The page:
CV12Hornet

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I think the main change for the US Navy is more investment in antiship weapons, ending the discontinuity between the late-WWII efforts and the program that led to Harpoon. I think they had all the components they needed IOTL in terms of ships and aircraft - OTL fighter designs and numbers, not to mention SAMs, were designed to beat off large land-based strikes and would have done just as well against carrier strikes. And the strike aircraft would mostly just need modification to perform maritime strike. Though I do think there would be more of a skew to medium attackers like the Intruder over light attackers like the Skyhawk and Corsair, especially as the Essex-class age out of the fleet.

What the US Navy didn't have - and arguably still doesn't have - was the weaponry to do so, not against carrier targets. Harpoon finally gave US Navy ships and aircraft credible over-the-horizon antiship capability, and it only came into being in 1977. Further, while its warhead is sufficient for most surface combatants for sinking carriers you ideally want something bigger.

The big missed opportunity seems to be the Gargoyle missile, which would be sufficient in the late 1940s but would need to be replaced with more accurate and longer-ranged missiles as Soviet defensive systems progress. I expect this would also prompt earlier study into SEAD operations, given the more pressing need to penetrate Soviet naval SAM screens. And potentially further development of the Regulus II; a smaller warhead and a range cut would probably be sufficient to fit a decent terminal guidance system.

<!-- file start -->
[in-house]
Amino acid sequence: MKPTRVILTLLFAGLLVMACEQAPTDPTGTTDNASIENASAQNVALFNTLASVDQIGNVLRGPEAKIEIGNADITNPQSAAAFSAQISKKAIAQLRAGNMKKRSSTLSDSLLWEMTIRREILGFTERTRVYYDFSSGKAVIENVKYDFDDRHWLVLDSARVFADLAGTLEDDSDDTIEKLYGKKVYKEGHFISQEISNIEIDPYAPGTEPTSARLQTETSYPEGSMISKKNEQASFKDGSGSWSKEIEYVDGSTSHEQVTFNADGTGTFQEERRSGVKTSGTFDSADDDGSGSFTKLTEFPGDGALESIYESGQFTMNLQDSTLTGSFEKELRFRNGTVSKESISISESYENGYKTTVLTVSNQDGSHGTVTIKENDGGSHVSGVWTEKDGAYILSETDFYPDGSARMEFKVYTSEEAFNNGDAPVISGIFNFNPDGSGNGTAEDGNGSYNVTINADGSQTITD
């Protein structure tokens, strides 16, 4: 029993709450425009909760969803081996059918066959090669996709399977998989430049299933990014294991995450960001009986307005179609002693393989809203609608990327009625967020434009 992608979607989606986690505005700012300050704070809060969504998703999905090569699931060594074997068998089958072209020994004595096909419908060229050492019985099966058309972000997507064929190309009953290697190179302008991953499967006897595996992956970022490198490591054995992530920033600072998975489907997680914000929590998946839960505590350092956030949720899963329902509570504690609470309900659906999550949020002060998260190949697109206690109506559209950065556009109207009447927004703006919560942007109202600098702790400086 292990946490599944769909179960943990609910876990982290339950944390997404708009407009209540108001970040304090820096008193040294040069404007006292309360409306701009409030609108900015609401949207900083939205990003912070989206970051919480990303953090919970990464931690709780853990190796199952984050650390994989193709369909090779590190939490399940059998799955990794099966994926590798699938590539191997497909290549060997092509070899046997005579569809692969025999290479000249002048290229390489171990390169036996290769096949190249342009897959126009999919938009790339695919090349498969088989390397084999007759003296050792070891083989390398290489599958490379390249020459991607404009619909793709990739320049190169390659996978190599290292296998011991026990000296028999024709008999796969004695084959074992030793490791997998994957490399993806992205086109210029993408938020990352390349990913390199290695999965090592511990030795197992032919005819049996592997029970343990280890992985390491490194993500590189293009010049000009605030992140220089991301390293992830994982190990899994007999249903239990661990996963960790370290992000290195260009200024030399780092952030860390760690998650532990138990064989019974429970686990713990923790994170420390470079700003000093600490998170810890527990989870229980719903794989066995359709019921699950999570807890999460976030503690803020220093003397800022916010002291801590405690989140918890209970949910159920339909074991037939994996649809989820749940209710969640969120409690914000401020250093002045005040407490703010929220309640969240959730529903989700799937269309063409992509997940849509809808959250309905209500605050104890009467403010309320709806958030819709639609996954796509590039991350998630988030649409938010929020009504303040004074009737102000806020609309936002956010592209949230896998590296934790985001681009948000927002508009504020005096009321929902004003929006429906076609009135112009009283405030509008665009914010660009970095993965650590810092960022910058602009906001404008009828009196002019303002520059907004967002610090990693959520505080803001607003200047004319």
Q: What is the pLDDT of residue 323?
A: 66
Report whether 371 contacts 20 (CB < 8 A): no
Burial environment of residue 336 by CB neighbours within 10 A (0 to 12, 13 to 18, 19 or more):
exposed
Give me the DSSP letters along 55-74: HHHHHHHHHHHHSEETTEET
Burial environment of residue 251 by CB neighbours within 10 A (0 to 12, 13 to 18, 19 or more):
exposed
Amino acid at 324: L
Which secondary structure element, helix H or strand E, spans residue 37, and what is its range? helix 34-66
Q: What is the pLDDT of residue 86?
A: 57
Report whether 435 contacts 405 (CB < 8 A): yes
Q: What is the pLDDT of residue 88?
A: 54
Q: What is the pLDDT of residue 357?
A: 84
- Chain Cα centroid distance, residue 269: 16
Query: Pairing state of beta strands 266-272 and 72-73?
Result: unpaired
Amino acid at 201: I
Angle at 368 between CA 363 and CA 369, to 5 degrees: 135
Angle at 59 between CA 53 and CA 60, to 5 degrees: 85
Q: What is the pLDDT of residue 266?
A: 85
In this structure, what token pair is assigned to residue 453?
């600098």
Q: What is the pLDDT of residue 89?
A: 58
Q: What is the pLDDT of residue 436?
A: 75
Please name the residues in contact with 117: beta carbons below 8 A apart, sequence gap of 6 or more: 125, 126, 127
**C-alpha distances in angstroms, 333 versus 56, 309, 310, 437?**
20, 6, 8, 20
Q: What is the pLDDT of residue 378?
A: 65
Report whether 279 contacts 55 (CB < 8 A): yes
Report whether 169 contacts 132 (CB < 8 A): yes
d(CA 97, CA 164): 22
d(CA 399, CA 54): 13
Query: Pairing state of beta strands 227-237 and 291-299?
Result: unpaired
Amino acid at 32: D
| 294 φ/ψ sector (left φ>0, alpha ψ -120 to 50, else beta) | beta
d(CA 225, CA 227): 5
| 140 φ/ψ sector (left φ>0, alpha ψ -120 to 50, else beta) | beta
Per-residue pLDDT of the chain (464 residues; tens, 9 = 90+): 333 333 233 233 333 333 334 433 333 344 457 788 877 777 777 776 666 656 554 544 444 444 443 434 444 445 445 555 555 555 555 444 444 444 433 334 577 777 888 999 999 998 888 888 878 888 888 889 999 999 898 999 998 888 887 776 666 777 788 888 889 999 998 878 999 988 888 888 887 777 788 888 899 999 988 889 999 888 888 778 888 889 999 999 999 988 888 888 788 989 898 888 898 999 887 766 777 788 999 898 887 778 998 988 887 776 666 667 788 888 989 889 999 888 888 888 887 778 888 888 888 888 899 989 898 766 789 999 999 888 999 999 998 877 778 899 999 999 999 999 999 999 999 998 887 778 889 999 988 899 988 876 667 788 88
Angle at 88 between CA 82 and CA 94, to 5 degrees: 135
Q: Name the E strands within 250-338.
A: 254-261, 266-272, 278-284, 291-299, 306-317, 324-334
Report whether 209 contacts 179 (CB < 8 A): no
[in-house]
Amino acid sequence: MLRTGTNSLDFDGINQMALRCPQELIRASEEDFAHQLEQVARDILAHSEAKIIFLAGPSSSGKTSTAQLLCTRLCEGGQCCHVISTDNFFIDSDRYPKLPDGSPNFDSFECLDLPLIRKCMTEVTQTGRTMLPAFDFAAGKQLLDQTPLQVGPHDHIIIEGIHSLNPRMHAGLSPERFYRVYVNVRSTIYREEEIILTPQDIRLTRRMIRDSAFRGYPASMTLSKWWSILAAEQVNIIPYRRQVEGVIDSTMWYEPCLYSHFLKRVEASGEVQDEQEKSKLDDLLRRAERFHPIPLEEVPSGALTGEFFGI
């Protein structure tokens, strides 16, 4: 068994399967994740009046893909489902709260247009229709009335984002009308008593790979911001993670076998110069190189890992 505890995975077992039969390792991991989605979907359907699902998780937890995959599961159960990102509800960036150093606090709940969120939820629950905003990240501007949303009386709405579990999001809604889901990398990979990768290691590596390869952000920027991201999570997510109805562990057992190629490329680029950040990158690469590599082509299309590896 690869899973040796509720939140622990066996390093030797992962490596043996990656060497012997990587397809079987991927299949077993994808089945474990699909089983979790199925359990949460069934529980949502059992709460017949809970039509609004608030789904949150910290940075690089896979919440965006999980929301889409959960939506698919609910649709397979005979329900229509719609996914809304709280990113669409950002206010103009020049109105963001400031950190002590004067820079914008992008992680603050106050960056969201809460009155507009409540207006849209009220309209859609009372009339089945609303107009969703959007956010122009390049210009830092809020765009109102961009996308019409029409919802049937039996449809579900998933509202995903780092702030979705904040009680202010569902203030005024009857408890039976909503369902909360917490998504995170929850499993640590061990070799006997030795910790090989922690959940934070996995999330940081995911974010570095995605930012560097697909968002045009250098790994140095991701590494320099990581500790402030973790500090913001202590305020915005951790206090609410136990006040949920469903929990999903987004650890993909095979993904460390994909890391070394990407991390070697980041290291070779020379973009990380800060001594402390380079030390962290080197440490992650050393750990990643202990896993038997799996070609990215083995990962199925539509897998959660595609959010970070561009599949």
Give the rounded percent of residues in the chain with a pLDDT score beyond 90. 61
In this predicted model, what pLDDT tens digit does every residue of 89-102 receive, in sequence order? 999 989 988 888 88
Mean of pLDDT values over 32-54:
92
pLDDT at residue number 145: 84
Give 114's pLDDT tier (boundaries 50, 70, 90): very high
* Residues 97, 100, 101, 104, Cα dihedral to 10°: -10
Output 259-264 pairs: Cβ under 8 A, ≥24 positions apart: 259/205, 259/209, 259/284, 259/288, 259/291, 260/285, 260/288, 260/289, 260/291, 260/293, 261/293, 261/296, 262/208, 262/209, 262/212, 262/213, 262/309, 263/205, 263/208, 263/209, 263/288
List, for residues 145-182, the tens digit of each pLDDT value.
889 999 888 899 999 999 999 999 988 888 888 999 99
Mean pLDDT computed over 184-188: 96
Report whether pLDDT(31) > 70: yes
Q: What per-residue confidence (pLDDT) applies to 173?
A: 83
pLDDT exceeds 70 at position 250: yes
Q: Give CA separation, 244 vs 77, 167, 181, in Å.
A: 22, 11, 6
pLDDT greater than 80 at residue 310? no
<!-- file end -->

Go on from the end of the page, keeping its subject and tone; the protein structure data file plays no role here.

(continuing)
One interesting change that might come about: IOTL the US Navy briefly flirted with the Buccaneer S.2 before settling on the Intruder. But while the Intruder is the better bomb truck the Buccaneer is the better maritime strike aircraft, particularly in its ability to fit a 4000-lb weapon in its bomb bay, where the Intruder maxed out at 3000 lbs on its strongest pylons. US Navy Buccaneers would be very cool.
 

uk 75

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You do not need to sink an aircraft carrier to render its airgroup useless.
A well aimed torpedo can destroy its rudder, a bomb or missile hit on the island or parked aircraft on deck can stop it operating for some time.